How To Create GREAT Sponsored Content

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First off I just wanted to start this post by saying that in the few years since I started getting paid work across my blog and social channels there’s been a heck of a lot of sponsored content that hasn’t been great. Heck, it hasn’t even been good.

Creating advertorials is very much a learning curve, and there’s posts from a couple of years ago and even a couple of months ago that I’m like WHAT THE SWEET LORD DID I DO THAT FOR?

And spoiler, the answer is usually to pay my bills and to afford to eat. Lolz.

So this is a post for newer bloggers, or bloggers only just jumping on the paid-for content band wagon. But more than that, this is a post for brands and agencies who are still wading through murky water. Brands who haven’t yet started working with influencers on a paid basis, and agencies who just don’t quite get it yet.



The amount of brands that come to me and say ‘we’re running this campaign with xxx and we’d love you to write a post about how their new product has given you a huge confidence boost for summer’. Which is a lovely idea except a) I’ve never tried said product because it’s BRAND NEW and b) a whole post about a product that’s changed my life? Sure, sure because that doesn’t read like one big giant advert.

I get the impression brands go through 738632 meetings about the angle of the content they want before actually speaking to bloggers and finding out what works for them – what sort of content gets people reading and clicking and shopping and engaging.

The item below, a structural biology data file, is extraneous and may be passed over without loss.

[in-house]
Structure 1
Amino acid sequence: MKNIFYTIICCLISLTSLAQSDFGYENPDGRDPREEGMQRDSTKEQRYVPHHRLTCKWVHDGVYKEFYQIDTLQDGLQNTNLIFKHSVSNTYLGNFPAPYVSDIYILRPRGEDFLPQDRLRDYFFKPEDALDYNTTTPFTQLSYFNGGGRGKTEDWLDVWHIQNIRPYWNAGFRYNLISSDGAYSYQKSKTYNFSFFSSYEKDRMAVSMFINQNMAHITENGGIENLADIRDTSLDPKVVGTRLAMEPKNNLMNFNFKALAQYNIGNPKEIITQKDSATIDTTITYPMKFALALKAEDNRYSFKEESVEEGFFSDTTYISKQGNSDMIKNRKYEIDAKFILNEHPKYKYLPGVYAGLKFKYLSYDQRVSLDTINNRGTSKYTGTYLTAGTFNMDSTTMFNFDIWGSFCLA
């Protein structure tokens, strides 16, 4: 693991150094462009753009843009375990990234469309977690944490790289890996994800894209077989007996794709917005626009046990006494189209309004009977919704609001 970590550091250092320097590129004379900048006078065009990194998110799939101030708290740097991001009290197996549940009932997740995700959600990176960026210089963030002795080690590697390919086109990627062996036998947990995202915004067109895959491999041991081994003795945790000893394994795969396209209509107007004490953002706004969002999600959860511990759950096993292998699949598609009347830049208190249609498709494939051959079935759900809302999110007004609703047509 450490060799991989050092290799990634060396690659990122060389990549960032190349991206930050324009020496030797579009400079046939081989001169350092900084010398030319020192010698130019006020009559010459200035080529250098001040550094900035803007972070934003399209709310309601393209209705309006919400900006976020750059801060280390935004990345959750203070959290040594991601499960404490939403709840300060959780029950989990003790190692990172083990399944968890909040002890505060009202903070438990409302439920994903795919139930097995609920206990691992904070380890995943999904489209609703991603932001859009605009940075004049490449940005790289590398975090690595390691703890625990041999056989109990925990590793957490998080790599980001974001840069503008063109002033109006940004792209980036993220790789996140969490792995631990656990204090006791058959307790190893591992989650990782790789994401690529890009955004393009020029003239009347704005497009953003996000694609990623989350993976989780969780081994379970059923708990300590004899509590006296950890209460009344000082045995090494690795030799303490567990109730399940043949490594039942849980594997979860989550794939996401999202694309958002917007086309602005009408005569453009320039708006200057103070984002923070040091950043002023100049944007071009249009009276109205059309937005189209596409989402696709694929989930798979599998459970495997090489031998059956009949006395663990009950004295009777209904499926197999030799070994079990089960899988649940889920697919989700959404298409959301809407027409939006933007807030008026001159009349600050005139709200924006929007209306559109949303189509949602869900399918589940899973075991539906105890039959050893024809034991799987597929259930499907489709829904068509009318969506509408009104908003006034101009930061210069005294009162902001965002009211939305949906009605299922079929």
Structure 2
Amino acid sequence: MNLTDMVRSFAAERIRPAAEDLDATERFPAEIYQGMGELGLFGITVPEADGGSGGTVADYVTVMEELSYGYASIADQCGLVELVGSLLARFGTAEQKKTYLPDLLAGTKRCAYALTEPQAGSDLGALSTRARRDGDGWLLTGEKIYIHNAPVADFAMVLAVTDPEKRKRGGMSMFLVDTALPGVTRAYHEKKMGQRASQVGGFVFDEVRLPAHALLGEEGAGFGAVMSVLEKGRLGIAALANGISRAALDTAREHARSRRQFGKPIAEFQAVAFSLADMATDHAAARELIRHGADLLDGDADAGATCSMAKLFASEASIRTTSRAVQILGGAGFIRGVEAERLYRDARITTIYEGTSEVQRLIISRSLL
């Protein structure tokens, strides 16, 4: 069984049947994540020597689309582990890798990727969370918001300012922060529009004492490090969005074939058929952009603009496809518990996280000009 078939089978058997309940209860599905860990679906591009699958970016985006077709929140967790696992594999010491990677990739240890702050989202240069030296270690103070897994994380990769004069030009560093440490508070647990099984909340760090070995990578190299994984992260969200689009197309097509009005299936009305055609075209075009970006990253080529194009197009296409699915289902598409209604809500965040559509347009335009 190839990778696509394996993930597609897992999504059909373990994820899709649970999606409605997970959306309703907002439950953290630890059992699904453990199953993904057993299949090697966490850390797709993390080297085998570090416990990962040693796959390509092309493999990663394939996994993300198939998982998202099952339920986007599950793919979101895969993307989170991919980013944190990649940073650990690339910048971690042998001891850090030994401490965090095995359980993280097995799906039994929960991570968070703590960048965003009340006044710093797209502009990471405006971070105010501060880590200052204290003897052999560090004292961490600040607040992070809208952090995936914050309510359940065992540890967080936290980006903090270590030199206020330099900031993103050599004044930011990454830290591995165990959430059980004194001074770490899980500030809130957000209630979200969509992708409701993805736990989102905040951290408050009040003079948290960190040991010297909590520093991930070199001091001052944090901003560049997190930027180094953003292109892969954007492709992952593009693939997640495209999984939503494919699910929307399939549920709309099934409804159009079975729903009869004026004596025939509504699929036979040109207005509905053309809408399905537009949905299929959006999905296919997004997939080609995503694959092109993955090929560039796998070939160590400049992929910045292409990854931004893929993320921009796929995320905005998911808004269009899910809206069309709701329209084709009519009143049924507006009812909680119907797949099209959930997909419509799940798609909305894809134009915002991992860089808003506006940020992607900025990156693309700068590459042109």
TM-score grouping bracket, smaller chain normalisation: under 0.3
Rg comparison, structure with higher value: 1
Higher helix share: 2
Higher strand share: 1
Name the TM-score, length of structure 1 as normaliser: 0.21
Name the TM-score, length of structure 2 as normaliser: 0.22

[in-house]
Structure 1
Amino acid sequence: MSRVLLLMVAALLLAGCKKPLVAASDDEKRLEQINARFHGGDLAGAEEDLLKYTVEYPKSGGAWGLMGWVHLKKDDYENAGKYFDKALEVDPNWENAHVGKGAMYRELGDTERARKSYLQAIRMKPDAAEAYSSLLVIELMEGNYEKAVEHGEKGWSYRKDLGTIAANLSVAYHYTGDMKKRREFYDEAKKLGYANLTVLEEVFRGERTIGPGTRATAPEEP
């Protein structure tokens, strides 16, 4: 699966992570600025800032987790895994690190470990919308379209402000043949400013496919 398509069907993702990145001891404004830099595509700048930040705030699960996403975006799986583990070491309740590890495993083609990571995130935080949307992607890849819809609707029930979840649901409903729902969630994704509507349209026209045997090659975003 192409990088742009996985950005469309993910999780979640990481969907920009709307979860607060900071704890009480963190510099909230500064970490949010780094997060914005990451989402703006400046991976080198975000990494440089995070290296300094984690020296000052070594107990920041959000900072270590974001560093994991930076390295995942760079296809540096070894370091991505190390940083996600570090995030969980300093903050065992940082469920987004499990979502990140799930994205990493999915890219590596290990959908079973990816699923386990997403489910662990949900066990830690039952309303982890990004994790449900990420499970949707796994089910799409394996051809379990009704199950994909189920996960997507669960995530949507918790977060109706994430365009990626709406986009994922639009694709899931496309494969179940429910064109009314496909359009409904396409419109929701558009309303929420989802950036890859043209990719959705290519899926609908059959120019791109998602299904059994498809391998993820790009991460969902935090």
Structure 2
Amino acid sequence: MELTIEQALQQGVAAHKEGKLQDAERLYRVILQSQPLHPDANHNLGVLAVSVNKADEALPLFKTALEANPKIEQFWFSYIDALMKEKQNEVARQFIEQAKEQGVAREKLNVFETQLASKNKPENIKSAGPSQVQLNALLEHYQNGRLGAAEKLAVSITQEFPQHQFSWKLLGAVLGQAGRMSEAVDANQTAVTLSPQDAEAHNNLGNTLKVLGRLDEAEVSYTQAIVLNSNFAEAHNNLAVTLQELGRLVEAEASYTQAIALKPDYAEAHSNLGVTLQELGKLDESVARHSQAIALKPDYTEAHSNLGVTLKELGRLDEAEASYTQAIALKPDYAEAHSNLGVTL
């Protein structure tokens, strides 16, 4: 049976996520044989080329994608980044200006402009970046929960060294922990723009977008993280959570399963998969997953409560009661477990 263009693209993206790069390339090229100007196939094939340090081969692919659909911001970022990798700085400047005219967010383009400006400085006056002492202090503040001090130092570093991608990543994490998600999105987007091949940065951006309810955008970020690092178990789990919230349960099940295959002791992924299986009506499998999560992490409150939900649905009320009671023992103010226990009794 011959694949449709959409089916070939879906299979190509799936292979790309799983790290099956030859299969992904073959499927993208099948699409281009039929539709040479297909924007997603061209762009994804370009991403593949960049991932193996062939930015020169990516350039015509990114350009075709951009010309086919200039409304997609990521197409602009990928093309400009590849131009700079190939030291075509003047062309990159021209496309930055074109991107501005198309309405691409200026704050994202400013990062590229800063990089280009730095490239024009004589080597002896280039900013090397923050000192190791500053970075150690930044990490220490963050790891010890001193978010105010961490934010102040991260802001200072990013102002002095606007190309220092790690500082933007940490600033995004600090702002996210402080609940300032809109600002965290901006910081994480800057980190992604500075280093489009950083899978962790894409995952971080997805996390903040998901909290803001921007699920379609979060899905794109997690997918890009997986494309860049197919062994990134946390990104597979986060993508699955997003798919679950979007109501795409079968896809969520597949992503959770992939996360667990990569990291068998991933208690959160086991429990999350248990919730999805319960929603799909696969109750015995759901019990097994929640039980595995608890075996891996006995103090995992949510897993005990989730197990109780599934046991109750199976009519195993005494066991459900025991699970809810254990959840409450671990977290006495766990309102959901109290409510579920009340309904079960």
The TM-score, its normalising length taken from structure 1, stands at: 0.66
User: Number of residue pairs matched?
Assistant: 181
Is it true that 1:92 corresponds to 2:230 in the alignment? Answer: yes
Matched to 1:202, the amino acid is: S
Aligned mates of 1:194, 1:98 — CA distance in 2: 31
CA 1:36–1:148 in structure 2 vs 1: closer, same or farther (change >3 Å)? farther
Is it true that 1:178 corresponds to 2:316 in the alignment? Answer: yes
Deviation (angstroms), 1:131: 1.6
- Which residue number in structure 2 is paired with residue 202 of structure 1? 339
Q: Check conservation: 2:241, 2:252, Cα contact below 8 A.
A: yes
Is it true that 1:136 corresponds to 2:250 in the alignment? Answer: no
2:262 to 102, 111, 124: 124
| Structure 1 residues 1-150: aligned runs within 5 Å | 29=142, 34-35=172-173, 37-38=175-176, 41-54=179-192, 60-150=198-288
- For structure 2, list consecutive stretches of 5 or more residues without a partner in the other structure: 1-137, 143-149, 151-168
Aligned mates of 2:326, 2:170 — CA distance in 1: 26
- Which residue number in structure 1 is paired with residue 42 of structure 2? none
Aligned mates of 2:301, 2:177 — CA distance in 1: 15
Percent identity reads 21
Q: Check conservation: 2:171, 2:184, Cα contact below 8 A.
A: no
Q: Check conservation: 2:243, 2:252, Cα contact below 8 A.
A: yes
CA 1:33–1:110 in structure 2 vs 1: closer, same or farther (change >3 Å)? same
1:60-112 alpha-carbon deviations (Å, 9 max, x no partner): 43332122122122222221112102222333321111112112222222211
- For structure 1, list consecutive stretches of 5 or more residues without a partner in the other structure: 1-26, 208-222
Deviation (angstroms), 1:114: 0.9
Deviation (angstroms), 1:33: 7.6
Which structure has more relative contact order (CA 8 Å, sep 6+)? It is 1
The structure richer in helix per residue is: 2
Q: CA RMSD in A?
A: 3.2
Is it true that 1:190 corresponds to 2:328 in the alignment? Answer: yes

And it’s OK – more than OK, it’s important – to push back with your own ideas and say what will work and what won’t work, to be honest, to open up a gateway of communication where you’re throwing ideas back and forth to make sure it works for both of you.

And hey, if they’re not willing to budge with their campaign idea and it really doesn’t feel very you, is it really even worth it?



You’ll see that there are some brands I work with over and over again, some brands whose emails I get super excited about seeing in my inbox not only because I know you guys love them as much as me but because FUCKING HELL THEY MAKE MY JOB SO EASY.

Brands like Primark and Cath Kidston and Matalan and La Redoute, brands that are super happy for you to just go ahead and do your own thing.

Brands who say can you pick product and get something up on this date? Brands who haven’t basically written a short novel depicting exactly what they want you to say (because hey it’s only your blog, why should you have a say on how a sponsored blog post reads? Lolz).

If you create content that the brand’s happy with, that your readers engage with and you make super easy to work with (i.e. you can work to deadlines, you actually reply to emails and you’re polite) chances are that brand will want to work with you again in the future and that’s just aces.



I find doing sponsored fashion posts pretty simple because I do quite a lot of stand-alone outfit posts that don’t have an angle aside from LOOK AT MY SKIRT or LOOK AT MY BAG. But with beauty and lifestyle brands I like to think about how I would usually include that kind of brand.